Japanese Cooking Classes Offer Lessons In Fresh Cuisine< < Back to
For many Americans, Japanese food means sushi, which is now so familiar that it's available at many grocery store delis.
But there's a lot more to Japanese cooking than spicy tuna rolls.
At Cooking in Athens, a new series of kitchen courses hosted by Kim Jordan, you’ll learn to create dishes such as hijiki salad with miso-ponzu dressing, miso soup, dashi soup stock made with kombu and bonito flakes, steam buns made with either ground pork or a sweet bean filling, nabe hot pot soup and rice balls.
Asian cuisine not your cup of barley tea? Jordan also offers some classes focused on Italian fare such as gnocchi and lasagna, as well as a mouth-watering cinnamon roll how-to.
Jordan learned the art of eastern cooking during the five years she lived in Japan. Although the names of the dishes she teaches may be unfamiliar, all of the ingredients can be found at international markets in Ohio, most of it right here in Athens.
The cooking techniques were accessible and feasible to learn in an afternoon, especially with Jordan's patient instruction.
Although it goes by several musical monikers and comes in numerous forms, one common ingredient in many Japanese dishes is dried seaweed. This ocean vegetable is considered to be highly nutritious and imparts a savory flavor, umami, or the fifth taste element, to food.
Dashi stock, the basis of a variety of Japanese soups, is made by boiling kombu, or thick strips of forest green kelp, in a pot with bonito flakes (dried smoked fish). As the kombu rehydrates, it unfurls and softens.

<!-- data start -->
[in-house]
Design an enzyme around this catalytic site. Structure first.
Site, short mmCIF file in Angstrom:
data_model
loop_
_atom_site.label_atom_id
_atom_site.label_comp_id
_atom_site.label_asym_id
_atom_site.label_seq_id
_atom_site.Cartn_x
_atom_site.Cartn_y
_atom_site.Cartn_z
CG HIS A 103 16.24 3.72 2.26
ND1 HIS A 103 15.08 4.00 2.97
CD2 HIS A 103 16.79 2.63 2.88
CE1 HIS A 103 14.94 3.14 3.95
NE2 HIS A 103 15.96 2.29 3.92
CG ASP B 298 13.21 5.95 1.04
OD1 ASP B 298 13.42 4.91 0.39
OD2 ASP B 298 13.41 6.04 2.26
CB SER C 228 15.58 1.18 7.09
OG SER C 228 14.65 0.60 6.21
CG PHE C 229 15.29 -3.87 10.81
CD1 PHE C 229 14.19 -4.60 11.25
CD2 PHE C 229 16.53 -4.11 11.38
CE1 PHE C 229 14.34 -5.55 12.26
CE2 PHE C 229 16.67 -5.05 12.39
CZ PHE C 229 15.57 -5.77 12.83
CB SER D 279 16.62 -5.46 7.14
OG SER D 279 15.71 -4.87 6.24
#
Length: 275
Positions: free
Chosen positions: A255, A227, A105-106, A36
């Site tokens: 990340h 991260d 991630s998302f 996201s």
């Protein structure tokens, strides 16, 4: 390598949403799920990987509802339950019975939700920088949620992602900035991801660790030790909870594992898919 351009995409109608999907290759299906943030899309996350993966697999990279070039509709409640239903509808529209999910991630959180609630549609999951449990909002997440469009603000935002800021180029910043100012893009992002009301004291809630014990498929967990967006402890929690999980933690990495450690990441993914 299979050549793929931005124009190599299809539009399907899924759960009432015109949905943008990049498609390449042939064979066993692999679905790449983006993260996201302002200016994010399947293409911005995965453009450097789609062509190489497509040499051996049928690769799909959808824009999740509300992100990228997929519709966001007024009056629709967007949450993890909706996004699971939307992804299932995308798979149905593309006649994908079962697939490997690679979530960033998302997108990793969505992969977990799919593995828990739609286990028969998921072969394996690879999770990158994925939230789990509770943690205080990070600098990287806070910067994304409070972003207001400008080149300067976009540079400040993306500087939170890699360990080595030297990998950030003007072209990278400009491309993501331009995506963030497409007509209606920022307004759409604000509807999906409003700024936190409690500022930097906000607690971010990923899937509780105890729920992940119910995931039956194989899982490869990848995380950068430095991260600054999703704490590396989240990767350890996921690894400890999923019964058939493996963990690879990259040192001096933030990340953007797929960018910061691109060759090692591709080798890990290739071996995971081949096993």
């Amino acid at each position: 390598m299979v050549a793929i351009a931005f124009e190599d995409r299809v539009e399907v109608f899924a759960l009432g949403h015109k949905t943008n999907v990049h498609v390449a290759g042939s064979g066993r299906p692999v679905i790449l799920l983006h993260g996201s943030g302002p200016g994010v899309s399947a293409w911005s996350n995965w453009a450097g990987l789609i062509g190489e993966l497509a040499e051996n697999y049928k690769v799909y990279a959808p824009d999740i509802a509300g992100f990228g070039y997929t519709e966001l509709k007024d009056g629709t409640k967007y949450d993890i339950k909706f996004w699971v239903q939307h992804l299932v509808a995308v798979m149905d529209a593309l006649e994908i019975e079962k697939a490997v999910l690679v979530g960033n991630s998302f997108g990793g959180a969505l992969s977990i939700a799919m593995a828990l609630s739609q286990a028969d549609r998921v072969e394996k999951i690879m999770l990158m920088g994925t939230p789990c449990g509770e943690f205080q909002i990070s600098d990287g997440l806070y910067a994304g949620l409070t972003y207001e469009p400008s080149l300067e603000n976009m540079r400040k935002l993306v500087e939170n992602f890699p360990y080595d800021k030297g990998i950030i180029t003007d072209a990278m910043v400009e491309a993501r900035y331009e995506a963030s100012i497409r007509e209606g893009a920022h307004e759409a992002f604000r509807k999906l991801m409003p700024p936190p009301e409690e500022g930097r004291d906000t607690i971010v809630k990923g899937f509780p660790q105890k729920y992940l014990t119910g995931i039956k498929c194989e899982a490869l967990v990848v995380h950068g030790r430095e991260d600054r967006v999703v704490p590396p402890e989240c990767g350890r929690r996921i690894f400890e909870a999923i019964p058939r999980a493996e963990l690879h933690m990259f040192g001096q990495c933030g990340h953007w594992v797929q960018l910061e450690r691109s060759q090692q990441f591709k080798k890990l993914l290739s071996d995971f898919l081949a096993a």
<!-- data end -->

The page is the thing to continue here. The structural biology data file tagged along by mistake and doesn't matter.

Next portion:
After simmering for a few minutes, the cook strains the vegetables and fish flakes to create the broth. For our soup, we added handcrafted tofu and more dried seaweed to create a clean, simple dish infused with that umami taste.
Our salad featured another sea vegetable, hijiki. The thin black threads are rehydrated and added to a salad of edamame (soy beans), carrot, cucumber and a dressing highlighted by white miso and citrus.
The steam buns were possibly the most intimidating of the trio to conquer. But while they do take a bit of time and several steps, the end result is worth the effort.
Dough is made from all-purpose flour and wrapped around two separate fillings: a ground pork spiced with fresh ginger and studded with diced cabbage, and a sweet red bean paste mixed with a black sesame paste.
The latter product, the only one that can be challenging to find in Asian markets as it’s not eaten outside of Japan, seemed like a cousin to tahini — or even peanut butter. The buns are cooked in a bamboo steamer on the stovetop.
Soon we had a lunchtime feast. The steam buns with pork, dipped in soy sauce and spicy mustard, were soft, juicy and savory. The bean buns were sweet, almost dessert-like treats.
The delicate dashi soup and the crisp, bright seaweed and vegetable salad were excellent counterpoints to the soft, doughy dumplings.
Not only are these dishes delicious, but they’re healthy, too. And if you eat them with chopsticks, you’ll slow down and savor every morsel, which enhances the overall dining experience.
For more information on Cooking in Athens, visit www.cookinginathens.com